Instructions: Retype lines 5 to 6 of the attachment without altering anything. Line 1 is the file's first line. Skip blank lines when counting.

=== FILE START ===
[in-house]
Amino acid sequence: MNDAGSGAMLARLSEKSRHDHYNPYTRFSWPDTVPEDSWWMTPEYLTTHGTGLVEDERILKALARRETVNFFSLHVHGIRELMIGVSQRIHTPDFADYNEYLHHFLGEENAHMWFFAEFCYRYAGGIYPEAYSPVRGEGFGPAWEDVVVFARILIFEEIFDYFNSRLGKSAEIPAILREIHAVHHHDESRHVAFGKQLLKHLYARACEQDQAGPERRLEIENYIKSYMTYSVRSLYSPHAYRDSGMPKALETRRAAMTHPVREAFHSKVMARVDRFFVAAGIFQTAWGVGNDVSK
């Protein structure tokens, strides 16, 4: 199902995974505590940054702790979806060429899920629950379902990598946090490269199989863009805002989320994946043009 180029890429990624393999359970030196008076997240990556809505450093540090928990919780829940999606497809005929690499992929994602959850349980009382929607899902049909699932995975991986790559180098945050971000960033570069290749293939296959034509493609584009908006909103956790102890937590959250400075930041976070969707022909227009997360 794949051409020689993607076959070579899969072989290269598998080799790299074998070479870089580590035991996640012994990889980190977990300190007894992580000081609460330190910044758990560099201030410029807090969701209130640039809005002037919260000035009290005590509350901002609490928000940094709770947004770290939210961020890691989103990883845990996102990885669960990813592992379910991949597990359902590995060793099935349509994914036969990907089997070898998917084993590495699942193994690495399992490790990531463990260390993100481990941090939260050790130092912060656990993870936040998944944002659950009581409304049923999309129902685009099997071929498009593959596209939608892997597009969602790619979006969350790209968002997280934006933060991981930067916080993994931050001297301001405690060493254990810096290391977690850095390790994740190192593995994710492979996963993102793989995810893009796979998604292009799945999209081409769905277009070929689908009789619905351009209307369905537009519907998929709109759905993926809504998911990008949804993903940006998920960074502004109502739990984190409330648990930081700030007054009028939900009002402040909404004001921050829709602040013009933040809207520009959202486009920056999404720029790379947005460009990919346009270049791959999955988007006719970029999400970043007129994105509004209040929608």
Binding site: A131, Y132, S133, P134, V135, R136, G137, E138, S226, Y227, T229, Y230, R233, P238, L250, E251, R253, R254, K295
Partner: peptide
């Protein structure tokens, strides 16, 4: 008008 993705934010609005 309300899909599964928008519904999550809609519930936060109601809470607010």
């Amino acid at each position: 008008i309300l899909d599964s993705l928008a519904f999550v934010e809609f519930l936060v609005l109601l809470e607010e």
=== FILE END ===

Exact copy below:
Partner: peptide
């Protein structure tokens, strides 16, 4: 008008 993705934010609005 309300899909599964928008519904999550809609519930936060109601809470607010």